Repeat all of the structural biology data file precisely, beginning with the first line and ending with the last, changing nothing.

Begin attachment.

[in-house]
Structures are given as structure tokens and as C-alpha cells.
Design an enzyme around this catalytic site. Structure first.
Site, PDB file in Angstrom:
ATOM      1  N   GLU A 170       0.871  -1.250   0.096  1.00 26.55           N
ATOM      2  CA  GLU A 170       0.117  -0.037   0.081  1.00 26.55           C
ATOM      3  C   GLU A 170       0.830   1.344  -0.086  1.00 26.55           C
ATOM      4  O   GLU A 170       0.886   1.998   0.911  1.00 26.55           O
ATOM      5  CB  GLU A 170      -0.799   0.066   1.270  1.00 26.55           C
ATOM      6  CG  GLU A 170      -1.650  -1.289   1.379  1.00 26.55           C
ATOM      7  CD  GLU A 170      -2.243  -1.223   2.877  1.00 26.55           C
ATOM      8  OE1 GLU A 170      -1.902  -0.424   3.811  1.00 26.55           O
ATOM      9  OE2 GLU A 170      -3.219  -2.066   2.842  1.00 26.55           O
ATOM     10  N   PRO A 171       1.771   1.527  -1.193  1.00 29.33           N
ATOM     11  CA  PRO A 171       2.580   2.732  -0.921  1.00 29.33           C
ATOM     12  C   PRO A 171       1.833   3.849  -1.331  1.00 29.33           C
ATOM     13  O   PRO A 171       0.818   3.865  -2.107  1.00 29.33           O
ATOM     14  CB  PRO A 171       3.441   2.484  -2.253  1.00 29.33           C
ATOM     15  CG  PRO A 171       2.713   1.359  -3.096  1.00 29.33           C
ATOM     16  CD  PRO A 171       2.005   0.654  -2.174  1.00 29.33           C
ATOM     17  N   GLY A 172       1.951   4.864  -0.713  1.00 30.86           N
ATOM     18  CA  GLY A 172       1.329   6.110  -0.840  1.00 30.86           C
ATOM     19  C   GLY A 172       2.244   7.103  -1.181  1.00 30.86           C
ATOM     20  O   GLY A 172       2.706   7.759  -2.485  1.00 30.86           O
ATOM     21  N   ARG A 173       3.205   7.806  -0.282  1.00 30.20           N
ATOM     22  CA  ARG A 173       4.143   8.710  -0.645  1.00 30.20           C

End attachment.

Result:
[in-house]
Structures are given as structure tokens and as C-alpha cells.
Design an enzyme around this catalytic site. Structure first.
Site, PDB file in Angstrom:
ATOM      1  N   GLU A 170       0.871  -1.250   0.096  1.00 26.55           N
ATOM      2  CA  GLU A 170       0.117  -0.037   0.081  1.00 26.55           C
ATOM      3  C   GLU A 170       0.830   1.344  -0.086  1.00 26.55           C
ATOM      4  O   GLU A 170       0.886   1.998   0.911  1.00 26.55           O
ATOM      5  CB  GLU A 170      -0.799   0.066   1.270  1.00 26.55           C
ATOM      6  CG  GLU A 170      -1.650  -1.289   1.379  1.00 26.55           C
ATOM      7  CD  GLU A 170      -2.243  -1.223   2.877  1.00 26.55           C
ATOM      8  OE1 GLU A 170      -1.902  -0.424   3.811  1.00 26.55           O
ATOM      9  OE2 GLU A 170      -3.219  -2.066   2.842  1.00 26.55           O
ATOM     10  N   PRO A 171       1.771   1.527  -1.193  1.00 29.33           N
ATOM     11  CA  PRO A 171       2.580   2.732  -0.921  1.00 29.33           C
ATOM     12  C   PRO A 171       1.833   3.849  -1.331  1.00 29.33           C
ATOM     13  O   PRO A 171       0.818   3.865  -2.107  1.00 29.33           O
ATOM     14  CB  PRO A 171       3.441   2.484  -2.253  1.00 29.33           C
ATOM     15  CG  PRO A 171       2.713   1.359  -3.096  1.00 29.33           C
ATOM     16  CD  PRO A 171       2.005   0.654  -2.174  1.00 29.33           C
ATOM     17  N   GLY A 172       1.951   4.864  -0.713  1.00 30.86           N
ATOM     18  CA  GLY A 172       1.329   6.110  -0.840  1.00 30.86           C
ATOM     19  C   GLY A 172       2.244   7.103  -1.181  1.00 30.86           C
ATOM     20  O   GLY A 172       2.706   7.759  -2.485  1.00 30.86           O
ATOM     21  N   ARG A 173       3.205   7.806  -0.282  1.00 30.20           N
ATOM     22  CA  ARG A 173       4.143   8.710  -0.645  1.00 30.20           C